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Some Message class is able to return a tag name based on tag number

Since this class is instanciated many times, I am a bit reluctant to create a HashMap for each instance:

public class Message {
  private HashMap tagMap;

  public Message() {
    this.tagMap = new HashMap();
    this.tagMap.put( 1, "tag1Name");
    this.tagMap.put( 2, "tag2Name");
    this.tagMap.put( 3, "tag3Name");
  }

  public String getTagName( int tagNumber) {
    return this.tagMap.get( tagNumber);
  }
}

In favor of hardcoding:

public class Message {
  public Message() {
  }

  public String getTagName( int tagNumber) {
    switch( tagNumber) {
      case 1: return "tag1Name";
      case 2: return "tag2Name";
      case 3: return "tag3Name";
      default return null;
    }
  }
}

When you put everything in the mix ( Memory, Performance, GC, ...)

Is there any reason to stick to HashMap?

share|improve this question
2  
Would this not be the sort of situation where an enum would be ideal? –  Edd Aug 17 '12 at 9:48
5  
If the list is the same for all you messages, you could also make the map static. –  assylias Aug 17 '12 at 9:49
1  
Also, did you (by profiling) determine that the instantiation of the class is really an issue? –  joergl Aug 17 '12 at 9:51
    
enum would not fit since some tags numbers may be unknown –  MonoThreaded Aug 17 '12 at 9:51
    
If the map is static, what happens with subsequent calls to put()? –  MonoThreaded Aug 17 '12 at 9:53

5 Answers 5

up vote 3 down vote accepted

Initialize MAP in a static block.

And since you will be creating many objects of Message.you should write code like this

public class Message {

  private static HashMap tagMap;

  static {
     tagMap = new HashMap();
     tagMap.put( 1, "tag1Name");
     tagMap.put( 2, "tag2Name");
     tagMap.put( 3, "tag3Name");
  }

  public Message() {

  }

  public String getTagName( int tagNumber) {
    return tagMap.get( tagNumber);
  }
}
share|improve this answer
    
I didn't know about calling put() in static blocks. Sweet –  MonoThreaded Aug 17 '12 at 9:58
    
Using a Map cannot be faster than using a switch, this makes no sense. –  barjak Aug 17 '12 at 10:00
    
@Byter is there any proof that a Map (and also what implementation of Map) is faster then a switch? Did you actually test this? –  Eugene Aug 17 '12 at 10:01
    
@Byter:A HashMap is O(1) (at best) but why is it faster construct than a switch?The switch is a branch instruction.It is not possible to be slower than a collection's function –  Cratylus Aug 17 '12 at 10:02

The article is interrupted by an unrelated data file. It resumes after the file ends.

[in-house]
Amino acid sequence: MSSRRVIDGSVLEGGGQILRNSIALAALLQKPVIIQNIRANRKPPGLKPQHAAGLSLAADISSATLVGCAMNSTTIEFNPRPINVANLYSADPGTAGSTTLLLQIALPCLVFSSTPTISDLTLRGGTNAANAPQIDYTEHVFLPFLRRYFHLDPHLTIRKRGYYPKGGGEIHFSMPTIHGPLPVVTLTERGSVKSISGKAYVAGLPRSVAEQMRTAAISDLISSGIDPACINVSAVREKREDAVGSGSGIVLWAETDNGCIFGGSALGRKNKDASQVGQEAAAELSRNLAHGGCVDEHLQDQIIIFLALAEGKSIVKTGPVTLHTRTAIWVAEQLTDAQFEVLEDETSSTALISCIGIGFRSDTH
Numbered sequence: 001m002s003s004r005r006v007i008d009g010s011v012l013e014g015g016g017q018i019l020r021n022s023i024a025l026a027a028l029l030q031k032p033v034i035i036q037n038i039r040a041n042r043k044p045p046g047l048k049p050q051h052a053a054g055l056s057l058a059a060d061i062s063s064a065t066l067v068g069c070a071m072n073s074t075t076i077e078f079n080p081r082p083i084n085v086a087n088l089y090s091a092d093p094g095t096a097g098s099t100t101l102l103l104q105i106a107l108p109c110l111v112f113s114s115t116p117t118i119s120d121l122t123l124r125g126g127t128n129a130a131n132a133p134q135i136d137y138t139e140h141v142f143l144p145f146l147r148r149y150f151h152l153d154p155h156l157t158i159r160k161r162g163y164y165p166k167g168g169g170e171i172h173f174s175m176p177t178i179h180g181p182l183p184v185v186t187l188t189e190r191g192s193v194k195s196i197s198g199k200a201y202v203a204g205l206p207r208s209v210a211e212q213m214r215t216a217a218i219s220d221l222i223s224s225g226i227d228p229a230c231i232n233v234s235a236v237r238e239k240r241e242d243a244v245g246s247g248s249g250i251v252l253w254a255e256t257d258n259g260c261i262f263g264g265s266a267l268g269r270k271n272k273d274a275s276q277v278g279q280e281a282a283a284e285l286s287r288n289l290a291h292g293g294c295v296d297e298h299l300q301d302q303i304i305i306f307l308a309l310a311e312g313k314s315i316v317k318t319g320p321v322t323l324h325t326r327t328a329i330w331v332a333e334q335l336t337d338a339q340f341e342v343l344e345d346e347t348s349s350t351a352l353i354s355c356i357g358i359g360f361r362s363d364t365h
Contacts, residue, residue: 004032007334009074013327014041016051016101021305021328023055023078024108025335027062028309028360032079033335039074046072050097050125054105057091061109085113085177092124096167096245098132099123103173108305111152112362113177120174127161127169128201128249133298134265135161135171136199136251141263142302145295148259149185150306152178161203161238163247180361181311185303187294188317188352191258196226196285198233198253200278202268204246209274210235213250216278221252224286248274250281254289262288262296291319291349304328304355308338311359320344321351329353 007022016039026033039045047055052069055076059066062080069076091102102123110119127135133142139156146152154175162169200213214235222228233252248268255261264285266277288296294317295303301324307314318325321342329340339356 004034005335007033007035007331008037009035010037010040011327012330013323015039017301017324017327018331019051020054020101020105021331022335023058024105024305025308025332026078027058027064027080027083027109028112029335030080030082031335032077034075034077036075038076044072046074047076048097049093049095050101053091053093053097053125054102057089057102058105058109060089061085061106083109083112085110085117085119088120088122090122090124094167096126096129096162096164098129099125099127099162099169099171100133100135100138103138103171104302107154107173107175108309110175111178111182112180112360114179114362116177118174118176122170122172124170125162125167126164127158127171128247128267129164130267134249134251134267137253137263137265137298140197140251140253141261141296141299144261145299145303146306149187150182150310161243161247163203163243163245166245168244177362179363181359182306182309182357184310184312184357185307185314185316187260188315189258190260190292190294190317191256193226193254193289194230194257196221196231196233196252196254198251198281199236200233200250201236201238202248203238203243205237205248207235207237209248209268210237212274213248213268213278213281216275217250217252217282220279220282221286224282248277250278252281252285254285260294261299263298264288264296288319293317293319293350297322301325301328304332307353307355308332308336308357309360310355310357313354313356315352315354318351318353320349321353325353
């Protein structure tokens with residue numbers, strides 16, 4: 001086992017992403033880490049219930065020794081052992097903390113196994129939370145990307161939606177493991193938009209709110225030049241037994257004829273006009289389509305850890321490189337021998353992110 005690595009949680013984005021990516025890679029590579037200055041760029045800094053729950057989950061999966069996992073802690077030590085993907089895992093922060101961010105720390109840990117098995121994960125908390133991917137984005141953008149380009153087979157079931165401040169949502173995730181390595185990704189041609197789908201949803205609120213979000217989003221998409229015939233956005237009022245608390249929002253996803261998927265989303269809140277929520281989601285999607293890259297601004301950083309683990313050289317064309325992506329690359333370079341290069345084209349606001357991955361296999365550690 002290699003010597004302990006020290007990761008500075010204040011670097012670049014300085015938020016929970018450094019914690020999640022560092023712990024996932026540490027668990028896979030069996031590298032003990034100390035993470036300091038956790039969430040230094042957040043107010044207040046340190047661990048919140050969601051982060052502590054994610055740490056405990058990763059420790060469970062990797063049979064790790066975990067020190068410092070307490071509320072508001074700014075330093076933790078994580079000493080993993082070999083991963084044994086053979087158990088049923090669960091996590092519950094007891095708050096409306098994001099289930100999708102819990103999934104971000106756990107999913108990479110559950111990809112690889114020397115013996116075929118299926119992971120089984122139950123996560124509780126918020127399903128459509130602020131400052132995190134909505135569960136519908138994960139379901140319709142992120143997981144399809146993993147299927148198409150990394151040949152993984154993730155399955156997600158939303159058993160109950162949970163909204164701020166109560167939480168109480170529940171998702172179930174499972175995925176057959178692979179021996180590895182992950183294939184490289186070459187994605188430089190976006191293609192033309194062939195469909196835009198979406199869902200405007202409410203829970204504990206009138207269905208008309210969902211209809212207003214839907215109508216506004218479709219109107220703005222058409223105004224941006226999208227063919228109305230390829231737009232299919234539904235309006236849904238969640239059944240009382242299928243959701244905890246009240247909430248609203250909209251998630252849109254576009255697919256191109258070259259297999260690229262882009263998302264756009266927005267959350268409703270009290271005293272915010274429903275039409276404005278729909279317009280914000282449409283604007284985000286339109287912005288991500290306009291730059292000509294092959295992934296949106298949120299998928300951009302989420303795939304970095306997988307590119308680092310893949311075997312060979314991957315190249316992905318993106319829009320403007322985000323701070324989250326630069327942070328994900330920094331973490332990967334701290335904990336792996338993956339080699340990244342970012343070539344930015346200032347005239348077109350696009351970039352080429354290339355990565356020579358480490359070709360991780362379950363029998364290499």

1  
@joergl I prefer not to use them. There is usually always an alternative as demonstrated by the numerous responses here. Plus, you normally have to write extra code to handle them when unit testing. Just my opinion. –  JamesB Aug 17 '12 at 10:15

Map can be used as command pattern in which key represents condition and value represents command to be executed the only drawback is object gets created before used so if you have large number of such conditions then you can opt for map else switch is always elegant approach if your conditions are few.

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Depends on what you need. For example if you ever needed to get all the tag names for display using a Map would pay off. Additionally if you replaced with a TreeMap you could get them sorted.
If you don't have such a need, then using a Map would be an overhead and your approach or an Enum would be much more efficient (you will have less readability though than you option of 5-10-20 case options)

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Why not make the getTagName method static and lazy load it from a properties file?

public static String getTagName(int tagNumber) {
    if tagsByID == null) {
        // load tags from properties
    }
    return tagsByID.get(tagNumber);
}

Easy to test and configurable without a recompile.

share|improve this answer
    
Properties files mean extra deliverables. Since the list is rather static, I would rather embed the mapping. –  MonoThreaded Aug 17 '12 at 10:02

If all your tag values are consecutive in the interval [1..n] then you can use an array or maybe an ArrayList and have direct access to the values.

public class Message {
    private ArrayList<String> tags;

    public Message() {
        this.tags =  = new ArrayList<String>();
        this.tags.add("Unknown");
        this.tags.add("tag1Name");
        this.tags.add("tag2Name");
        this.tags.add("tag3Name");
    }

    public String getTagName(int tagNumber) {
        return this.tags.get(tagNumber);
    }
}

Alternative with an array.

public class Message {
    private static final String[] tags = {
        "N/A",
        "tag1Name",
        "tag2Name",
        "tag3Name",
        null,
        null,
        "tag6Name",
    };

    public Message() {
    }


    public String getTagName(int tagNumber) {
        if (tagNumber < 0 || tagNumber > tags.length) {
            throw new IllegalArgumentException();
        return tags[tagNumber];
    }
}
share|improve this answer
    
Unfortunately it's not a contiguous list –  MonoThreaded Aug 17 '12 at 9:59
    
@AknownImous Too bad. But I will let my answer remain anyway. –  maba Aug 17 '12 at 10:00
    
@AknownImous Do you have any idea how the tags are numbered? Maybe you can allow some gaps in an array without it taking too much memory anyway. –  maba Aug 17 '12 at 10:12

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